Episode One: Influences and Independents, begins with the big gaudy premiere of the crappy big gaudy musical Hello Dolly in ’69; the thesis: that bomb marked the end of the studio era. An intelligent group of interviewees, including Francis Ford Coppola, Dennis Hopper, and William Friedkin, give us the set up: the civil rights movement, Vietnam War, the women's movement, ’60s innovative rock & roll and later Watergate, the formation of the counter culture, and youth movement had a generation of people asking why and breaking the rules. For filmmakers who were seeing the art house foreign films of Godard, Kurosawa, Truffaut, Antonioni, Bergman, and Fellini (and of course Julie Christie throws in the working class films of early ’60s England) the current beach flicks, musicals, and romantic comedies of Hollywood no longer seemed relevant. When Arthur Penn took influence from the French New Wave (who were influenced by American film noir and gangster flicks) and came up with his sexually frank and violent Bonnie and Clyde, it opened the floodgates for a new kind of American film. With Roger Corman and BBS (Bob Rafelson, Bert Schneider, and Steve Blauner) creating a new class of filmmakers who could work cheap while learning their trade and John Cassavetes making his homemade indie movies, the idea for the “’70s flick” was solidified. Those early influential flicks of the era are recalled and analyzed, including Easy Rider, Targets, Midnight Cowboy, The French Connection, and The Last Picture Show. But it’s not all classics; less memorable movies like Joe and Hi, Mom! are also included and even Dirty Harry is given props as an obvious influence.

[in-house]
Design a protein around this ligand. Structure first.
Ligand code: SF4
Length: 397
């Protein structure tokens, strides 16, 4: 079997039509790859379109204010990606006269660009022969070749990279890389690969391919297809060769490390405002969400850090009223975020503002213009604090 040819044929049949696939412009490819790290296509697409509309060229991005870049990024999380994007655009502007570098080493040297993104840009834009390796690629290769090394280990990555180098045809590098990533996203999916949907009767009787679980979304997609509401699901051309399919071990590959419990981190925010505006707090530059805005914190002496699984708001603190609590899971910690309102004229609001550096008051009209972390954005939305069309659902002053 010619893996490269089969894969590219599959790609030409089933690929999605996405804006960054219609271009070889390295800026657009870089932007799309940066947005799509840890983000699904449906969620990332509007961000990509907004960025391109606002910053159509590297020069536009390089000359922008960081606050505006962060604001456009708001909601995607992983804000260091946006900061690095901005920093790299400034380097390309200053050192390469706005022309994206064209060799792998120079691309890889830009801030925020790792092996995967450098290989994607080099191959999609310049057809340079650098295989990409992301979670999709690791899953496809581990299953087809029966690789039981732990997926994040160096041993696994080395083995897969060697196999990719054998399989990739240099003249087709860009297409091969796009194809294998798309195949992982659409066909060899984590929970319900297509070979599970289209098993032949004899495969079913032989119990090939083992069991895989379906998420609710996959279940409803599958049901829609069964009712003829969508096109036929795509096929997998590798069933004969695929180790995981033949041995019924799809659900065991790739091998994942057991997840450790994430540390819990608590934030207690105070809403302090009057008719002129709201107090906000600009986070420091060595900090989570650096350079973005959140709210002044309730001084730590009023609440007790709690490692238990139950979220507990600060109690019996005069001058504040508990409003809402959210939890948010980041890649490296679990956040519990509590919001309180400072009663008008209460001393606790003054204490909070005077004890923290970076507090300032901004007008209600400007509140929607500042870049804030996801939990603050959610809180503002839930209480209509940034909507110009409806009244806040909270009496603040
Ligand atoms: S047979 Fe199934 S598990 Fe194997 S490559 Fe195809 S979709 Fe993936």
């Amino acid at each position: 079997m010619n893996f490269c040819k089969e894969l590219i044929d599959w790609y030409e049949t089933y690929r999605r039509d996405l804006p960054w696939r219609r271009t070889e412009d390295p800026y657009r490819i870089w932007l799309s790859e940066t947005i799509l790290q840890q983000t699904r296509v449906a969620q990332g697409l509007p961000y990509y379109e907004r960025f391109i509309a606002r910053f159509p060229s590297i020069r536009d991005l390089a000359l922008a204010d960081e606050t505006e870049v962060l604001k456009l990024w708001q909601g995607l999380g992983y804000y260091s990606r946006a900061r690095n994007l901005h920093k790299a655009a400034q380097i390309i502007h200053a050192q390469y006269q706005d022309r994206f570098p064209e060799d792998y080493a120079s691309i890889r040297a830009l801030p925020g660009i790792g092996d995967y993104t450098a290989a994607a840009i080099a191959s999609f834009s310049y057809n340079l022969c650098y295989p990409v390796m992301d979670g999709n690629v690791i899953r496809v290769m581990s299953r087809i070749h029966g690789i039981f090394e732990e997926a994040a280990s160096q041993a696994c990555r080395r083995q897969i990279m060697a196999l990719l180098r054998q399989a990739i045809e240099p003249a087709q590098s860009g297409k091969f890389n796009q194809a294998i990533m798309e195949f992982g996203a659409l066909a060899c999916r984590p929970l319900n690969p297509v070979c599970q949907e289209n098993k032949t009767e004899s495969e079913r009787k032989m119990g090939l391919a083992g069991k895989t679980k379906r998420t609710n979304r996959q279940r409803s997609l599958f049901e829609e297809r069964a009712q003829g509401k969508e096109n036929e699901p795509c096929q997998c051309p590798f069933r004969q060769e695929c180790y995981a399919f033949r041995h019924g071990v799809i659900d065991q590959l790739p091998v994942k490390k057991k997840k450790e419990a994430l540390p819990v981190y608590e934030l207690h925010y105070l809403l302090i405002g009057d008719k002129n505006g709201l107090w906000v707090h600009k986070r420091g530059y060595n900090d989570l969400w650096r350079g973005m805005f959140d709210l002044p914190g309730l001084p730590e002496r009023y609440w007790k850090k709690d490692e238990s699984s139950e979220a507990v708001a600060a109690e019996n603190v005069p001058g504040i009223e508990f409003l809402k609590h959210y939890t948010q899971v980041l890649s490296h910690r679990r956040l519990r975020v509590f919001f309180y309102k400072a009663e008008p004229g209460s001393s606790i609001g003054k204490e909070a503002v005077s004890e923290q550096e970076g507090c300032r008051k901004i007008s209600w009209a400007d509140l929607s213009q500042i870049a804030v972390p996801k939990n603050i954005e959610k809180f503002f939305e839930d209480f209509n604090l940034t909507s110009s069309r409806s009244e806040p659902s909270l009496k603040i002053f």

Corman's World: Exploits of a Hollywood Rebel